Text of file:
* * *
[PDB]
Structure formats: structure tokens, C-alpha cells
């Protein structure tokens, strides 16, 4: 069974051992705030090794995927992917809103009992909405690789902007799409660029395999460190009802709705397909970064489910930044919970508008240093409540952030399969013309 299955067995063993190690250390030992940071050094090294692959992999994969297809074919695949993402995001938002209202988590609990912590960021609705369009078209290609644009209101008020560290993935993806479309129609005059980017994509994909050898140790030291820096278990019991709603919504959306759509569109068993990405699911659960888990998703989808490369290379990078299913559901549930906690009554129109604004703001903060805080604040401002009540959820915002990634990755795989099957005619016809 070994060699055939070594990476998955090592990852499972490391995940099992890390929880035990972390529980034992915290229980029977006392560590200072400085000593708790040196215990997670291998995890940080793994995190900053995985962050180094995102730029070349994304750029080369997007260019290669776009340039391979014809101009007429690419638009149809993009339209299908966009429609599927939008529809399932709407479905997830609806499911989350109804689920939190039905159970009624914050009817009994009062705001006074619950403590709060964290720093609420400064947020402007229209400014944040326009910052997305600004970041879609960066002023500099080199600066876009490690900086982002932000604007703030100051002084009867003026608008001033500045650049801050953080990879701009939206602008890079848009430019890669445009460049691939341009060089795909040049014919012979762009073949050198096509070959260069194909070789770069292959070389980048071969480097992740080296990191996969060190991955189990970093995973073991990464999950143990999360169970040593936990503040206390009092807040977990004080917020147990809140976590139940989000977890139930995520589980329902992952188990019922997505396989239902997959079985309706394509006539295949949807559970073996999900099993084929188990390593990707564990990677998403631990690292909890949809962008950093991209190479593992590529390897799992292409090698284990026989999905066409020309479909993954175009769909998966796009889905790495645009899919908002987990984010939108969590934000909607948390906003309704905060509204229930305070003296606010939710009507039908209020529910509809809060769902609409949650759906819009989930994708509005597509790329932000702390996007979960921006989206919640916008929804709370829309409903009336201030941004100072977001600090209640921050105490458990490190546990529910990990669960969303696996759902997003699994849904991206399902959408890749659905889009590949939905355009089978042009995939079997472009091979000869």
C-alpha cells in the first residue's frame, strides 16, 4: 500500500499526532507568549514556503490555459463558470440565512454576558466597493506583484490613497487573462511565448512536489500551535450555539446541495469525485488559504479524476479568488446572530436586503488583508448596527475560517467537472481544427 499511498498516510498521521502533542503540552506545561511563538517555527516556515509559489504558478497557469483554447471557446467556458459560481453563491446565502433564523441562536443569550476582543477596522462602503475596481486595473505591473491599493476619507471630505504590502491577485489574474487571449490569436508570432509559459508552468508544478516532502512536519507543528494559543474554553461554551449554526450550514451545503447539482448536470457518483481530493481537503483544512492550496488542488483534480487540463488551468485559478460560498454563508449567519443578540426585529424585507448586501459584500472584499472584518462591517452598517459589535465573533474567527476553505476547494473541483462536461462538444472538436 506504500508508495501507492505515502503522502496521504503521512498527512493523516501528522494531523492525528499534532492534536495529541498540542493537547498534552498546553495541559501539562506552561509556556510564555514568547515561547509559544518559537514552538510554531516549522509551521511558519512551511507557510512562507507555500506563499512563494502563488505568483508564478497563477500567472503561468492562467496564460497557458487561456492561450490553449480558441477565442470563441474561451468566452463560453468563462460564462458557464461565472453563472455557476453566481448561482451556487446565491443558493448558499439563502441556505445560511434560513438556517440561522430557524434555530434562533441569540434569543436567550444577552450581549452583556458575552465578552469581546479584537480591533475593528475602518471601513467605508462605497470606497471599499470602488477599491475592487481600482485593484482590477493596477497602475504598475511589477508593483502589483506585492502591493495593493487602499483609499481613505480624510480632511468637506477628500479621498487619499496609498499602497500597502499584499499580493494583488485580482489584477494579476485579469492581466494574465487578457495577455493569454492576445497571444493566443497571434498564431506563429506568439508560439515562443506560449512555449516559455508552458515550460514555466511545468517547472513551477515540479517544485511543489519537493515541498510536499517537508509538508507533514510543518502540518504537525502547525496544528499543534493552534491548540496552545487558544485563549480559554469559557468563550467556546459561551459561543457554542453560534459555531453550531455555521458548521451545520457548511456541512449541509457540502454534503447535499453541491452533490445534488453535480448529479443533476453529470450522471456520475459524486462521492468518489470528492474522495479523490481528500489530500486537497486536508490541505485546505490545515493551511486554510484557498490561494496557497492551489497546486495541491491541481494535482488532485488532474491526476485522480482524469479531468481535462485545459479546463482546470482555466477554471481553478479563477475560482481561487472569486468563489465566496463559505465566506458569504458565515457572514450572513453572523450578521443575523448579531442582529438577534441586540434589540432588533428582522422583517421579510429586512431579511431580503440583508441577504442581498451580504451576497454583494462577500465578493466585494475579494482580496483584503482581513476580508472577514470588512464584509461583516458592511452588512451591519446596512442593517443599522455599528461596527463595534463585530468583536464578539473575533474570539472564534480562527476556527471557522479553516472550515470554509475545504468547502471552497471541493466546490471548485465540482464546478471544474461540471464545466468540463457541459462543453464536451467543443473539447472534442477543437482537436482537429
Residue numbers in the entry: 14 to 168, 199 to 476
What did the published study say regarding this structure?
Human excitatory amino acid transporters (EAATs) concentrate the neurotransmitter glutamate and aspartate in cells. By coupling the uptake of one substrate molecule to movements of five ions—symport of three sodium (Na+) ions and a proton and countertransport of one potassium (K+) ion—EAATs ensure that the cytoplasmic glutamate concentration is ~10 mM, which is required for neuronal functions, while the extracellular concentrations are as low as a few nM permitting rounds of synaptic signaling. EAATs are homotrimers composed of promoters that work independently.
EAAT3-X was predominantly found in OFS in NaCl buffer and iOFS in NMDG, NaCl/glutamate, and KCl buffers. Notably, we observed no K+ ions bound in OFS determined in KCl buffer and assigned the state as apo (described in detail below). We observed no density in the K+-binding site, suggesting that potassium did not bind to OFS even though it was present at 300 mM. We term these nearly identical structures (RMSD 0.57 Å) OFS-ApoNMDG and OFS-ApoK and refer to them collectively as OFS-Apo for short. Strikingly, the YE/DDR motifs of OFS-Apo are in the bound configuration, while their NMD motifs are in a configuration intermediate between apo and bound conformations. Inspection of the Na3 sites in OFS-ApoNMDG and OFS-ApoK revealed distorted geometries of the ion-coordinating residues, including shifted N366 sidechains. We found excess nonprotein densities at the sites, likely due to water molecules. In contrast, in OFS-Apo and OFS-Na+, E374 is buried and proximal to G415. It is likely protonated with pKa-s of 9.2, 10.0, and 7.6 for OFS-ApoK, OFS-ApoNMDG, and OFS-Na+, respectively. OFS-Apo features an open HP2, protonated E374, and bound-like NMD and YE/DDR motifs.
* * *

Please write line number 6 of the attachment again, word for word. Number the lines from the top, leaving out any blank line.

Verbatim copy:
What did the published study say regarding this structure?